5 Steps to Keep Young Athletes Healthy & Injury-Free This Summer


Newswise — It's a question that bedevils virtually every parent with a kid who plays sports: Is there anything you can do to keep your young athlete on the field and off the disabled list?

It turns out the answer is yes. Tony Breitbach, Ph.D., assistant professor and director of athletic training education at Saint Louis University's Doisy College of Health Sciences, says there are five things every parent can do to help their kids stay healthy and injury-free while playing sports this summer.

"These are important, common-sense steps that many parents overlook or aren't aware of," Breitbach says. "But as summer approaches, it's more important than ever that parents be aware of the steps they can take to make the coming sports season fun, healthy and injury-free for their kids."

Following are Breitbach's five tips for helping young athletes avoid injury:

# 1: Make sure equipment fits properly. Kids generally grow fast, which means the gear that fit perfectly last year may be too small now.

"Ill-fitting shoes can be an especially big problem," says Breitbach. "Last summer's baseball cleats will likely not be right for this summer." Protective equipment, in particular, must fit properly and be appropriate for the sport, he adds. "If it doesn't fit, it won't protect."

# 2: Watch their diet. To stay healthy while playing sports, kids need to eat a proper and balanced diet " low in fat, with moderate amounts of lean protein and high in complex carbohydrates. Athletes need lots of the latter " what Breitbach calls "high-energy foods" " right before and after a game or workout.

For athletes, Breitbach says, a key part of a proper diet is staying well-hydrated during and after a big game. "People place way too much emphasis on energy and sports drinks, when good cool water will do just fine " and it's even preferable in most cases."

He urges that you make sure your child has enough water for the particular sport or activity. "Don't give him a bottle of water for a long game," Breitbach says. "In that case, a jug would be better."

# 3: Keep them well-rested "¦and not overbooked. The right amount of sleep and rest is critical to simply function day to day. Athletes also need it to help them recover from the stress or exertion of their game or activity. This is particularly true for kids who play multiple sports " sometimes in the same day, Breitbach says.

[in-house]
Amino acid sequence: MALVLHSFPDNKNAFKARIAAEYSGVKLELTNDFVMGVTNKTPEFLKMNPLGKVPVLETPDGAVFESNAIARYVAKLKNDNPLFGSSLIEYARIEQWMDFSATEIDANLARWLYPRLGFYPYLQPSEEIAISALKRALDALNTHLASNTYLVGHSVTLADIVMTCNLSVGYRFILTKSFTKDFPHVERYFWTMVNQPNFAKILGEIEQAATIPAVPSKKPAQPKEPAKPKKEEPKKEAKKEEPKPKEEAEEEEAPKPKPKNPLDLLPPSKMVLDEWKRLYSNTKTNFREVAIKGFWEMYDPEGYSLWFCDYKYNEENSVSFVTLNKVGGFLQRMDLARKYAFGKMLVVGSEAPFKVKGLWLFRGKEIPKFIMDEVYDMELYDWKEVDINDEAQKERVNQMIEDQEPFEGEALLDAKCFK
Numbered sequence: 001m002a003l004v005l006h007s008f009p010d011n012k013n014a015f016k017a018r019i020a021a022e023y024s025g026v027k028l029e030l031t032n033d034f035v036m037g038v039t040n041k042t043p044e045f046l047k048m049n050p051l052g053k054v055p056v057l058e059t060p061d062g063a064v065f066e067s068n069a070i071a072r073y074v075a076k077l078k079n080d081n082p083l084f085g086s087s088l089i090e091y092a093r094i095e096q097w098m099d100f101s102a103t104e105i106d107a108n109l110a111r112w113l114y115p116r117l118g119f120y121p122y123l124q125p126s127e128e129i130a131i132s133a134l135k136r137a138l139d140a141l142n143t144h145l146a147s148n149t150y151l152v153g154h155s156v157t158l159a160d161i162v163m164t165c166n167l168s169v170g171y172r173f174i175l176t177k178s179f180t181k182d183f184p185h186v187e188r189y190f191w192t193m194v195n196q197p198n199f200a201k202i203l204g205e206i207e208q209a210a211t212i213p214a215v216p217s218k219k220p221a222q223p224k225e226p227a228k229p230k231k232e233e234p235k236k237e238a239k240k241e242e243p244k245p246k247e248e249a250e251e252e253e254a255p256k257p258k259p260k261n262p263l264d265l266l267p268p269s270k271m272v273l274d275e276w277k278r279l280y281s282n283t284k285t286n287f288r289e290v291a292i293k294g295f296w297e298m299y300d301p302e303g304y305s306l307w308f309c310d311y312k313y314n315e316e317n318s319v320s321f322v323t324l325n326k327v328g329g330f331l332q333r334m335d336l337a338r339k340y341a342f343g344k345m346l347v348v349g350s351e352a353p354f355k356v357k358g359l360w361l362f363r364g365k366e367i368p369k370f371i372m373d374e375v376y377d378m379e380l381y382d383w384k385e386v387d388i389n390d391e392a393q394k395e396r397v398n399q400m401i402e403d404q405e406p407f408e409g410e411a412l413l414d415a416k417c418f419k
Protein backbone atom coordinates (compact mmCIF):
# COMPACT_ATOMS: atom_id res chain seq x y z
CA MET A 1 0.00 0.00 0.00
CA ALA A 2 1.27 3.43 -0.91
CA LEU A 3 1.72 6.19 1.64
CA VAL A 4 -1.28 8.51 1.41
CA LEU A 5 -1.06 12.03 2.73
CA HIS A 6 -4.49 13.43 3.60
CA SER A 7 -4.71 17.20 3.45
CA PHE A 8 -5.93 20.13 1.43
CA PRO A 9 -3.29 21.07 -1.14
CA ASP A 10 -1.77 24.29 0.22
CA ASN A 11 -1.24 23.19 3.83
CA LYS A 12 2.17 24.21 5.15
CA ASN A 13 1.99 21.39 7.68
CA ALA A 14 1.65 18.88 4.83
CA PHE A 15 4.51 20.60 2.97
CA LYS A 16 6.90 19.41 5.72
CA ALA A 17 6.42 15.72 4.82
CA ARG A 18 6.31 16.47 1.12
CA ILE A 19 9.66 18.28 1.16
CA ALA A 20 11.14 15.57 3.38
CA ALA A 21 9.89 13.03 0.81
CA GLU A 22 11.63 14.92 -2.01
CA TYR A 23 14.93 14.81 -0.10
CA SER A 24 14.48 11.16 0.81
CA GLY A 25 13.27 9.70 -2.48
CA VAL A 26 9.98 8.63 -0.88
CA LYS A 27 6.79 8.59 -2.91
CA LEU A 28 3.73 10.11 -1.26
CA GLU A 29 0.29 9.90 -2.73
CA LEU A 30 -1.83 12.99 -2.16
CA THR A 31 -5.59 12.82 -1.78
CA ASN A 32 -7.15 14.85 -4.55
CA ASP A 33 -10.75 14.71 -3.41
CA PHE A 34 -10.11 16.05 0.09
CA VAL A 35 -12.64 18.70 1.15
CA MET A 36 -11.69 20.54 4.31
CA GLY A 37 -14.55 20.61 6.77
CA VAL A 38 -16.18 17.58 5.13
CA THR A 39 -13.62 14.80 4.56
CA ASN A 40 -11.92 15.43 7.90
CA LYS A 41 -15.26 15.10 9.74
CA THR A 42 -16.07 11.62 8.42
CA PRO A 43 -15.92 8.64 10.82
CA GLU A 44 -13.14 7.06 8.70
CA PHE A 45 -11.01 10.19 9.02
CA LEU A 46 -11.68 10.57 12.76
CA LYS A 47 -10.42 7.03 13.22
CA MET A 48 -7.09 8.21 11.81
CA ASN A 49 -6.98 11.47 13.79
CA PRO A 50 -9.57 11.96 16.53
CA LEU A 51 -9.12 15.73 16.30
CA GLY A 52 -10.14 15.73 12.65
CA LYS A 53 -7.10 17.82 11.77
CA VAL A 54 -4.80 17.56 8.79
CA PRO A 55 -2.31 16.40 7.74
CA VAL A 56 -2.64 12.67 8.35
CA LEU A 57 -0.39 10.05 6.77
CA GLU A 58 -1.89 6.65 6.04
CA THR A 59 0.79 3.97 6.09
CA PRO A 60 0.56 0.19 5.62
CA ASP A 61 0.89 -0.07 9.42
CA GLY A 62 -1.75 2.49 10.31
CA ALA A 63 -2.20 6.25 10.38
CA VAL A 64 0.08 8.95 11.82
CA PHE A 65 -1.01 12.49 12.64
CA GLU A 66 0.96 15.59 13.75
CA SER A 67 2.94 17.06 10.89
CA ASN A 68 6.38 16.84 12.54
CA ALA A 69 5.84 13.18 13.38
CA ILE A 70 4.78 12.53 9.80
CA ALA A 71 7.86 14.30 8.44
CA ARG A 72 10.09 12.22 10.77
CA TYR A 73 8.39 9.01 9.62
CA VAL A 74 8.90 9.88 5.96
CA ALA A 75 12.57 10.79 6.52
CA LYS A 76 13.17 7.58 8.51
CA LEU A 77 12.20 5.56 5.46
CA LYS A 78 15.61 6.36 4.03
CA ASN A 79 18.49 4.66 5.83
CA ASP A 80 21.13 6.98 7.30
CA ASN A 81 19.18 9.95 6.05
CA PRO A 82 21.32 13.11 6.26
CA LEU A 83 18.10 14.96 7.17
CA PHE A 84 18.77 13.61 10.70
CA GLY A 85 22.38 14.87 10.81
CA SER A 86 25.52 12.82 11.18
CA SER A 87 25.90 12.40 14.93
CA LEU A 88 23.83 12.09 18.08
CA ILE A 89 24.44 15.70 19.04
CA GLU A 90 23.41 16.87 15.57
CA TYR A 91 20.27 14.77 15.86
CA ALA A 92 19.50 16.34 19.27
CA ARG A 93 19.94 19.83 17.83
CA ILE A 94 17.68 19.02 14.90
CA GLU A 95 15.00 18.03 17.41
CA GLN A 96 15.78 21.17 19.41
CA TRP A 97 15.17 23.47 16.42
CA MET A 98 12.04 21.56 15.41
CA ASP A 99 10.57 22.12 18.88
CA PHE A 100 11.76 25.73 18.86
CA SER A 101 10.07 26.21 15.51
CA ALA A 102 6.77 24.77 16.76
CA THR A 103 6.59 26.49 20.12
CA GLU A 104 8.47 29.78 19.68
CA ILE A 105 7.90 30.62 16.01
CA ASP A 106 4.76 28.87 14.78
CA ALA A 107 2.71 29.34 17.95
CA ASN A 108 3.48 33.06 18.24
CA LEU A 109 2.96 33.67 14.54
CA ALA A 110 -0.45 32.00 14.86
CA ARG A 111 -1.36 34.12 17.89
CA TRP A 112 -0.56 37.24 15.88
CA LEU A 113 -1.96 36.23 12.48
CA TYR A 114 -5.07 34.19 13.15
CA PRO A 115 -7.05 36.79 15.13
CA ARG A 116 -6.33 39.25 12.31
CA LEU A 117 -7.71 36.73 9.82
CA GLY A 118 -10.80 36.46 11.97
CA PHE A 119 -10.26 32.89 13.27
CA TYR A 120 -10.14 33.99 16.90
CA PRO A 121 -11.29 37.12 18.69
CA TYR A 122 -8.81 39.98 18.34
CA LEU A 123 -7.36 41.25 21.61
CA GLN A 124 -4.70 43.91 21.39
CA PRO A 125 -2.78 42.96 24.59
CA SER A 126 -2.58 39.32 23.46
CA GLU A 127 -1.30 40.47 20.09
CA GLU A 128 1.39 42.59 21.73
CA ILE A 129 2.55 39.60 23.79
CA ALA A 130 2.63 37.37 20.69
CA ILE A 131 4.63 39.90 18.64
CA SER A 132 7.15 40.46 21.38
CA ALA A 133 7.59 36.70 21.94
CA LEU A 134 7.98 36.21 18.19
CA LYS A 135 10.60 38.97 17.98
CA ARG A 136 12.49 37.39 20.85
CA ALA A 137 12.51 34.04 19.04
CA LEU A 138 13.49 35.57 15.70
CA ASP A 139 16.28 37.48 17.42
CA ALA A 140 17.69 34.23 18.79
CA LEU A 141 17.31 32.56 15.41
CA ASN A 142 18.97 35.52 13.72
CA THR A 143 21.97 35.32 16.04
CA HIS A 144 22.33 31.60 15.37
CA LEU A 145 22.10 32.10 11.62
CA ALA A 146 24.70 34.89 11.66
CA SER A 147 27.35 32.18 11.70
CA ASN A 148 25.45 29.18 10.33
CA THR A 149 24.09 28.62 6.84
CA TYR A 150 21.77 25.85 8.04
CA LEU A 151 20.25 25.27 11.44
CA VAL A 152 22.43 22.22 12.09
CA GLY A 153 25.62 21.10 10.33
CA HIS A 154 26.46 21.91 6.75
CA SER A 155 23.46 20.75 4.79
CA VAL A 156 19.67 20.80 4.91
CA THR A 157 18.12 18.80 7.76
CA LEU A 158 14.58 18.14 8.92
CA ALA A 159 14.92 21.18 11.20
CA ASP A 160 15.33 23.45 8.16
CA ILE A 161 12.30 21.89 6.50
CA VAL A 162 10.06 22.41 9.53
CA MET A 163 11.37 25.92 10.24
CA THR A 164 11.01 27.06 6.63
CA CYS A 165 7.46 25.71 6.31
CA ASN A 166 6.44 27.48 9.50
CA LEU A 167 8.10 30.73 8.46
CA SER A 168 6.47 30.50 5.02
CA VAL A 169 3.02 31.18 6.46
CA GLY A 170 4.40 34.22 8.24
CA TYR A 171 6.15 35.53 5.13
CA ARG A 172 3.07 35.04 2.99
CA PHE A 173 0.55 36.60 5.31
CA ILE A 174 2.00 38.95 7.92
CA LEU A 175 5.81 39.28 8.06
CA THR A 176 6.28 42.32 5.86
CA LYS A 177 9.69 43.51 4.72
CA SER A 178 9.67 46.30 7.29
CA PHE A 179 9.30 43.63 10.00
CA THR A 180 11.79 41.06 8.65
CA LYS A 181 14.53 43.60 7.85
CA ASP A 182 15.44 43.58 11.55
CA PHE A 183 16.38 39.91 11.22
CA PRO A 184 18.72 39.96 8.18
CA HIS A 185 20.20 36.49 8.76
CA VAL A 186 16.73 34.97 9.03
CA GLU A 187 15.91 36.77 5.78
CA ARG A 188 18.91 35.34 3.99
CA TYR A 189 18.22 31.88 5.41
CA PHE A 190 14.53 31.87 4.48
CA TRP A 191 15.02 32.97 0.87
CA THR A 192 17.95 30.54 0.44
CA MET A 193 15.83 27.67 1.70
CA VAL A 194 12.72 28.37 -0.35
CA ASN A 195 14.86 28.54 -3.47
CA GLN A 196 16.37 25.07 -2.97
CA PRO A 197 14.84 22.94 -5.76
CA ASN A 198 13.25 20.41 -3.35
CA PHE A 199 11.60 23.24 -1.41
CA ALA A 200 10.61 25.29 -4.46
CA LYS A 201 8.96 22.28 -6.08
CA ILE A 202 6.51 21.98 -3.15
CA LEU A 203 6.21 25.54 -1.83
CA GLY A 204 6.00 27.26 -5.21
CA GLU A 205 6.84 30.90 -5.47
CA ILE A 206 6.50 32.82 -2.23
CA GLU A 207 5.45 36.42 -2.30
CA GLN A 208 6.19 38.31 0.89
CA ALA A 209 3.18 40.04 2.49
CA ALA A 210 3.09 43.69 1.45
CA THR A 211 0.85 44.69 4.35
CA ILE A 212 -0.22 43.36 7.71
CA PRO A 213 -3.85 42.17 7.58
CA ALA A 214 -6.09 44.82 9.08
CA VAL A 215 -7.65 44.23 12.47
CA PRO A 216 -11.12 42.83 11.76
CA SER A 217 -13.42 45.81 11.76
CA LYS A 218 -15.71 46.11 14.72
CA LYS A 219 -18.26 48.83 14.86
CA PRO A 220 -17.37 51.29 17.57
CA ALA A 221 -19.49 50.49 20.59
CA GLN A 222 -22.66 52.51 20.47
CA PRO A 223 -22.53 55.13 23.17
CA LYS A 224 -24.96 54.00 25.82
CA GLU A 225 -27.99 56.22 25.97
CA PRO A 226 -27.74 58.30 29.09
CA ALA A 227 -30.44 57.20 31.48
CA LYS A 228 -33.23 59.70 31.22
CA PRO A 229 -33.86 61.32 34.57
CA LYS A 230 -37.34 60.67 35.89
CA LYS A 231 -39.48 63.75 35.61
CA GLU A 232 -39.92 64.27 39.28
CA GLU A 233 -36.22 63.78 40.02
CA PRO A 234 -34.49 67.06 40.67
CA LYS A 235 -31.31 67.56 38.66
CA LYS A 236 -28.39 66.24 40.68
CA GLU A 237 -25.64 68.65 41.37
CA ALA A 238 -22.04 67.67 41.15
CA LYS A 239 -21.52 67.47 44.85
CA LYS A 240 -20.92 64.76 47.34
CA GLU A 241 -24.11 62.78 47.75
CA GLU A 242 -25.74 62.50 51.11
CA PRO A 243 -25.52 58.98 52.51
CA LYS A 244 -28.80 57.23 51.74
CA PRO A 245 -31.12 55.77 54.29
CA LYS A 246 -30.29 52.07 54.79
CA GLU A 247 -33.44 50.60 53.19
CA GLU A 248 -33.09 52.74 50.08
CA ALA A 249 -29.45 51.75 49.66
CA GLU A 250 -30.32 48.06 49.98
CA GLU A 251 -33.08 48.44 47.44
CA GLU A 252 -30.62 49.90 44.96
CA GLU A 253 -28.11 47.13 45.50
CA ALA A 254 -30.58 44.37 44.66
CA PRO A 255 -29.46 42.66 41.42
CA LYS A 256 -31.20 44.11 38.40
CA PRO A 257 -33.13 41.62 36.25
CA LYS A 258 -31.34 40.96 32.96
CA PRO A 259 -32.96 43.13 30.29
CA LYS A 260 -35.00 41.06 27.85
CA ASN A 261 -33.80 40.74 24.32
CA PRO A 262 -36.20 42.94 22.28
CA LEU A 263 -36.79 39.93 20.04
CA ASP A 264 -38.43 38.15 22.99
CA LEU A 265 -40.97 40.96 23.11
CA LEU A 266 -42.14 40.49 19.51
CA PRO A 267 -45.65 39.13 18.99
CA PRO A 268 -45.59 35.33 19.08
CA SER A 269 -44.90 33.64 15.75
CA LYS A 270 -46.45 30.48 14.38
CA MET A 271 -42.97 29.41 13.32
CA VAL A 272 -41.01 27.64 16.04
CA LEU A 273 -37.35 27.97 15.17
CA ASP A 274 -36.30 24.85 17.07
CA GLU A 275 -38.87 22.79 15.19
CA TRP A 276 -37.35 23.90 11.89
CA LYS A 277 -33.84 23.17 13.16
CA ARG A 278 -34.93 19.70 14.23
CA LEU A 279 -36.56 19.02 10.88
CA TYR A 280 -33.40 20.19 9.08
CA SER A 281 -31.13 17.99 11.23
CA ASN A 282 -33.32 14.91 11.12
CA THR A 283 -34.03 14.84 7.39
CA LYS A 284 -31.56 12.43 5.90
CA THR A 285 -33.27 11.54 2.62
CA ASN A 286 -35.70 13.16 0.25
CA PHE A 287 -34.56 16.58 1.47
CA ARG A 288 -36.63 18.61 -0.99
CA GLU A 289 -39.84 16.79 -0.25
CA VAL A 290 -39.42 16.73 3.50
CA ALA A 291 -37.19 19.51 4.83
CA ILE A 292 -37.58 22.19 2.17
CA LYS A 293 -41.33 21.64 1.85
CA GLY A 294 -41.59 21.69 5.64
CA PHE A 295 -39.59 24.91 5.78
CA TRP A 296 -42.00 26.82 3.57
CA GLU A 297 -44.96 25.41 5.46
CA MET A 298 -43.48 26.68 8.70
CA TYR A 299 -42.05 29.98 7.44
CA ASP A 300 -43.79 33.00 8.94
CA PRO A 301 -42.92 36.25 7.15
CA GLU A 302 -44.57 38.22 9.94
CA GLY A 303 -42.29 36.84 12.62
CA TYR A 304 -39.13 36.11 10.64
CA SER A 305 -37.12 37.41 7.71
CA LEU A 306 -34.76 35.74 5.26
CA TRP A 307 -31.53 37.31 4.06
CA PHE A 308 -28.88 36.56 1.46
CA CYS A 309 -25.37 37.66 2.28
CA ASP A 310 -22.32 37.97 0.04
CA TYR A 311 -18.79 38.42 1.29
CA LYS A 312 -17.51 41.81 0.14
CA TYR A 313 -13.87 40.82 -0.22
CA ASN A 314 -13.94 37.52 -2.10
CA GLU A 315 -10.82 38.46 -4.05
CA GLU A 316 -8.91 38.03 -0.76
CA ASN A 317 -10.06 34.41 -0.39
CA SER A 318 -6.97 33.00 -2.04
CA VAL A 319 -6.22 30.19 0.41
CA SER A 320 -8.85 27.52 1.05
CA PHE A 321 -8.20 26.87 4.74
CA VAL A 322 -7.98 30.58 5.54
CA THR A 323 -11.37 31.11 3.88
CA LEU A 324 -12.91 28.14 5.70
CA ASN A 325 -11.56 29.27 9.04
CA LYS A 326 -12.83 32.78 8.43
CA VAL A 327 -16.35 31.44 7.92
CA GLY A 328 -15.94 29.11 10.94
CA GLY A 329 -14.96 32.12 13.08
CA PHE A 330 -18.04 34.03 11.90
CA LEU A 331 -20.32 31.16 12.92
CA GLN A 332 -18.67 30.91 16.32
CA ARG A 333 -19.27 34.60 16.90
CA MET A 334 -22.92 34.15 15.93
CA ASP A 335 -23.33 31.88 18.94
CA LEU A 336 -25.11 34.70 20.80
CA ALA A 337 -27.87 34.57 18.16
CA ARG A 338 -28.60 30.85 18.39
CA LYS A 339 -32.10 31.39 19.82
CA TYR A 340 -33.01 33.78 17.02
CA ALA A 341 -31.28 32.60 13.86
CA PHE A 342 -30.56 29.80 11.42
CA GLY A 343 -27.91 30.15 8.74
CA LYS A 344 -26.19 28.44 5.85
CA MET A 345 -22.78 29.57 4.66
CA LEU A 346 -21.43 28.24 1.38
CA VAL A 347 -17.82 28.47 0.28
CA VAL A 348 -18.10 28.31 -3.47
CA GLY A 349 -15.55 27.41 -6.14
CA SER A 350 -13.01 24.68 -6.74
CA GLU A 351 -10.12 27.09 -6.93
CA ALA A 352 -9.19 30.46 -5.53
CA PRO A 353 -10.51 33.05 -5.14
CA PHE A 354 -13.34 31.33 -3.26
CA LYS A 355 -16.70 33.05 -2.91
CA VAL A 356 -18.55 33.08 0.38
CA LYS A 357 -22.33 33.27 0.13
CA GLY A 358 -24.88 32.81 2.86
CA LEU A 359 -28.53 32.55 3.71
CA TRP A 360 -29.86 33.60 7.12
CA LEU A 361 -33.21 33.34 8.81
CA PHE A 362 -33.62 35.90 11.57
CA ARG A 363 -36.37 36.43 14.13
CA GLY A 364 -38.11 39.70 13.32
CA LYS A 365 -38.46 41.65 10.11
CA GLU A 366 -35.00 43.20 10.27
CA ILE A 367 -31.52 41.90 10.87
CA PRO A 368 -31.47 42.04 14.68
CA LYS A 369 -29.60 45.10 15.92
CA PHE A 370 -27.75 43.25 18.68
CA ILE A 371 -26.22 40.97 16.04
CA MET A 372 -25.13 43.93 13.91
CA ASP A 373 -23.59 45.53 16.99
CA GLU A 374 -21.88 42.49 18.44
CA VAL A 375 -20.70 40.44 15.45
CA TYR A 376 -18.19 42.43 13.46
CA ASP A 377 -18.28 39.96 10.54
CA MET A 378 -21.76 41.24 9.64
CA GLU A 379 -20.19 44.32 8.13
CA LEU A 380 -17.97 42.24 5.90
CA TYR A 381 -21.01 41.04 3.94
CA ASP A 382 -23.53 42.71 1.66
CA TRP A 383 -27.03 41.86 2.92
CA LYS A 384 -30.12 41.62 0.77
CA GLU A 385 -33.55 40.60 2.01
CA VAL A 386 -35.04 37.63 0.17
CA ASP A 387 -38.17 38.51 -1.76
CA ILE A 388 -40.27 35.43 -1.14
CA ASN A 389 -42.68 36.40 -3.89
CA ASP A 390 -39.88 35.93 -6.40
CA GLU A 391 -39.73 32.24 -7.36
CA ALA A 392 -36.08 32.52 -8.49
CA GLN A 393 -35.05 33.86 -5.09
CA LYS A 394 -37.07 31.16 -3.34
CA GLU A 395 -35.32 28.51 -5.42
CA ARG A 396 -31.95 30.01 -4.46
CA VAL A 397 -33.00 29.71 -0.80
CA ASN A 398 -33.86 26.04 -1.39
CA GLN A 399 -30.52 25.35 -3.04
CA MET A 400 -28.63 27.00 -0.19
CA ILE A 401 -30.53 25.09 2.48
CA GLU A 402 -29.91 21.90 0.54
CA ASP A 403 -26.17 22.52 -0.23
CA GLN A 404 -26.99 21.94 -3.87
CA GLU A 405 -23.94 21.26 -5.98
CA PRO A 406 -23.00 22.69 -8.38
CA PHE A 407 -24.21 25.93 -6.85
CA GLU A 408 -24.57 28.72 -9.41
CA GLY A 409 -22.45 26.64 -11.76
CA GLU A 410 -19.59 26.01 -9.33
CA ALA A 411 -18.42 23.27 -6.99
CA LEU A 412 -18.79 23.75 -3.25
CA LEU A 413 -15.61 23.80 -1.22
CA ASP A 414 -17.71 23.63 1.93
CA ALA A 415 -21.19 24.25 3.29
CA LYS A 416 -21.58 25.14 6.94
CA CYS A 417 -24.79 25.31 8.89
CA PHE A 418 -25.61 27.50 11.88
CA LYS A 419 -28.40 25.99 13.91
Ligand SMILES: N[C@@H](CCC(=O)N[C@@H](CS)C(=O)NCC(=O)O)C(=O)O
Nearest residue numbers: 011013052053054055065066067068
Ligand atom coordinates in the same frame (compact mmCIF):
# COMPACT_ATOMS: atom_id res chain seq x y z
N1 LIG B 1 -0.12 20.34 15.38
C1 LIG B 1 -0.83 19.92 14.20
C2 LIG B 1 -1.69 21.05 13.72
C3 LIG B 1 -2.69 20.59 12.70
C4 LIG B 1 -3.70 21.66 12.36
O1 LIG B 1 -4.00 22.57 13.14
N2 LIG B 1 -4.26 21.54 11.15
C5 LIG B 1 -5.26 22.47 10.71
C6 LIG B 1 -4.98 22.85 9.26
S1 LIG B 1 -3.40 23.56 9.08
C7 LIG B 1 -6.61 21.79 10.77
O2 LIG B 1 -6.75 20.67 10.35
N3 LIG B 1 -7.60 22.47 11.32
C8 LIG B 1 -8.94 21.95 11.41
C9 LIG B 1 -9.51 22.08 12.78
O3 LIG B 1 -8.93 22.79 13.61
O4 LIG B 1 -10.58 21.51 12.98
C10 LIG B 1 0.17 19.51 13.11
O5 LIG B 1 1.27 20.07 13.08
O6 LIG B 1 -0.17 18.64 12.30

"Parents need to be really careful about overscheduling their kids," he says. "They need as much time as possible between games so their bodies can rest and recover."

# 4: Help them stay physically fit. In general, Breitbach says, the more fit someone is, the less likely they are to be injured playing sports. The best way to keep your kid in shape is to never let him or her get out of shape. Make sure they're active all year-round, and don't rely on sports to keep your kid fit.

Furthermore, Breitbach cautions, don't sign your child up for a sport just so he or she can lose weight.

"They need to love the sport," he says. "The truth is, lots of sports aren't conducive to weight loss anyway " in baseball, for instance, there's a lot of standing around. If your kid needs to lose weight, put him on a healthy diet and join a fitness center where there are personalized fitness programs."

# 5: Take care of injuries right away. Listen to your kid's body, Breitbach says. Take scrapes, pains and aches seriously " and if your child is hurt, make sure the injury gets immediate medical attention.

"Even something as simple as a scrape needs attention," Breitbach says. "Scrapes need to be cleaned and covered up to avoid infections, such as a staph infection that's resistant to antibiotics."

Finally, if your child's been injured, make sure that the play-or-no-play decision is made a medical professional. "They're really the ones who are qualified to make that call " a parent or youth coach isn't," Breitbach says.

Long a leader in educating health professionals, Saint Louis University offered its first degree in an allied health profession in 1929. Today the Doisy College of Health Sciences offers degrees in physical therapy, clinical laboratory science, nutrition and dietetics, health informatics and information management, medical imaging and radiation therapeutics, occupational science and occupational therapy, and physician assistant education. The college's unique curriculum prepares students to work with health professionals from all disciplines to ensure the best possible patient care.

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